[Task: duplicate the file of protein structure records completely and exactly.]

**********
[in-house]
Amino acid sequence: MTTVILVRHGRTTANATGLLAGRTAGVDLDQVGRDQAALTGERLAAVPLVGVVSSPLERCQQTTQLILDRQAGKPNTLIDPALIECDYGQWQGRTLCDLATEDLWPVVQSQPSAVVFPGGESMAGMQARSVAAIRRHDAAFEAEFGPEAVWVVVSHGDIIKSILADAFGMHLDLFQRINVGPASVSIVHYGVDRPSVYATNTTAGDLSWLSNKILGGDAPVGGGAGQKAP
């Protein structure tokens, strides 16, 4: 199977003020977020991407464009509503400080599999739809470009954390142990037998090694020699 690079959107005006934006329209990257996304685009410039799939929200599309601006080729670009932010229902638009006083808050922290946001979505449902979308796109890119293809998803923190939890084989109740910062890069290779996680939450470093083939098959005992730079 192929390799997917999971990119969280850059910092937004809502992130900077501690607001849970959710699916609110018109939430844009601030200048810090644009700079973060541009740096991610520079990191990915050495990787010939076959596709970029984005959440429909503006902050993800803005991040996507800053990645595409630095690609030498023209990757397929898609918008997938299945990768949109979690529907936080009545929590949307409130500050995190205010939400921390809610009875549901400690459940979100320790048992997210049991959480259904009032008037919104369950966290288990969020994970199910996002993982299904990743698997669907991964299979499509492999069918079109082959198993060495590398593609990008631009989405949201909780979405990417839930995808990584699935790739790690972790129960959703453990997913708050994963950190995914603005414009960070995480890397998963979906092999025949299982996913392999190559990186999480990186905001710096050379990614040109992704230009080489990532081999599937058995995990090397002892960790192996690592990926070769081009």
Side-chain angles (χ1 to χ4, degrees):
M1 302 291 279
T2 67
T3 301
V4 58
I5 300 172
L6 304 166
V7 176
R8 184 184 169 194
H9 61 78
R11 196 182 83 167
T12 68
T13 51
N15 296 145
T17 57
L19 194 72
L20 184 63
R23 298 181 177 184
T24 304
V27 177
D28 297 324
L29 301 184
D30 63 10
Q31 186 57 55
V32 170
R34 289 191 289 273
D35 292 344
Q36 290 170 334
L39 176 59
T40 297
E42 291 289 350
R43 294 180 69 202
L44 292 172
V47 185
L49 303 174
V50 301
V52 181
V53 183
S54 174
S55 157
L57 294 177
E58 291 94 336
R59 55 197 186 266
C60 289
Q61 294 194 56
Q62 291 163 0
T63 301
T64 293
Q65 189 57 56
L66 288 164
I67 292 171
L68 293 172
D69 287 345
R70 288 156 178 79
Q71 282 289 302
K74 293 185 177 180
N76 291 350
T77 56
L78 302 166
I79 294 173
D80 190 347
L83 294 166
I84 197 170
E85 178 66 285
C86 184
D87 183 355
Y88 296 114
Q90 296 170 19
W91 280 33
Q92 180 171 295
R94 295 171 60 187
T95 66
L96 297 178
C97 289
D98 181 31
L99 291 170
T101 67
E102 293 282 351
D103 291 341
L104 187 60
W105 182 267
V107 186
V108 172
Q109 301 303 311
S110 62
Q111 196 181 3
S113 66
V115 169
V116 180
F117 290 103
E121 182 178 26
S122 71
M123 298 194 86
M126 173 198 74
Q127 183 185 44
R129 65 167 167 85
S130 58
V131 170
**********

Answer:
[in-house]
Amino acid sequence: MTTVILVRHGRTTANATGLLAGRTAGVDLDQVGRDQAALTGERLAAVPLVGVVSSPLERCQQTTQLILDRQAGKPNTLIDPALIECDYGQWQGRTLCDLATEDLWPVVQSQPSAVVFPGGESMAGMQARSVAAIRRHDAAFEAEFGPEAVWVVVSHGDIIKSILADAFGMHLDLFQRINVGPASVSIVHYGVDRPSVYATNTTAGDLSWLSNKILGGDAPVGGGAGQKAP
């Protein structure tokens, strides 16, 4: 199977003020977020991407464009509503400080599999739809470009954390142990037998090694020699 690079959107005006934006329209990257996304685009410039799939929200599309601006080729670009932010229902638009006083808050922290946001979505449902979308796109890119293809998803923190939890084989109740910062890069290779996680939450470093083939098959005992730079 192929390799997917999971990119969280850059910092937004809502992130900077501690607001849970959710699916609110018109939430844009601030200048810090644009700079973060541009740096991610520079990191990915050495990787010939076959596709970029984005959440429909503006902050993800803005991040996507800053990645595409630095690609030498023209990757397929898609918008997938299945990768949109979690529907936080009545929590949307409130500050995190205010939400921390809610009875549901400690459940979100320790048992997210049991959480259904009032008037919104369950966290288990969020994970199910996002993982299904990743698997669907991964299979499509492999069918079109082959198993060495590398593609990008631009989405949201909780979405990417839930995808990584699935790739790690972790129960959703453990997913708050994963950190995914603005414009960070995480890397998963979906092999025949299982996913392999190559990186999480990186905001710096050379990614040109992704230009080489990532081999599937058995995990090397002892960790192996690592990926070769081009």
Side-chain angles (χ1 to χ4, degrees):
M1 302 291 279
T2 67
T3 301
V4 58
I5 300 172
L6 304 166
V7 176
R8 184 184 169 194
H9 61 78
R11 196 182 83 167
T12 68
T13 51
N15 296 145
T17 57
L19 194 72
L20 184 63
R23 298 181 177 184
T24 304
V27 177
D28 297 324
L29 301 184
D30 63 10
Q31 186 57 55
V32 170
R34 289 191 289 273
D35 292 344
Q36 290 170 334
L39 176 59
T40 297
E42 291 289 350
R43 294 180 69 202
L44 292 172
V47 185
L49 303 174
V50 301
V52 181
V53 183
S54 174
S55 157
L57 294 177
E58 291 94 336
R59 55 197 186 266
C60 289
Q61 294 194 56
Q62 291 163 0
T63 301
T64 293
Q65 189 57 56
L66 288 164
I67 292 171
L68 293 172
D69 287 345
R70 288 156 178 79
Q71 282 289 302
K74 293 185 177 180
N76 291 350
T77 56
L78 302 166
I79 294 173
D80 190 347
L83 294 166
I84 197 170
E85 178 66 285
C86 184
D87 183 355
Y88 296 114
Q90 296 170 19
W91 280 33
Q92 180 171 295
R94 295 171 60 187
T95 66
L96 297 178
C97 289
D98 181 31
L99 291 170
T101 67
E102 293 282 351
D103 291 341
L104 187 60
W105 182 267
V107 186
V108 172
Q109 301 303 311
S110 62
Q111 196 181 3
S113 66
V115 169
V116 180
F117 290 103
E121 182 178 26
S122 71
M123 298 194 86
M126 173 198 74
Q127 183 185 44
R129 65 167 167 85
S130 58
V131 170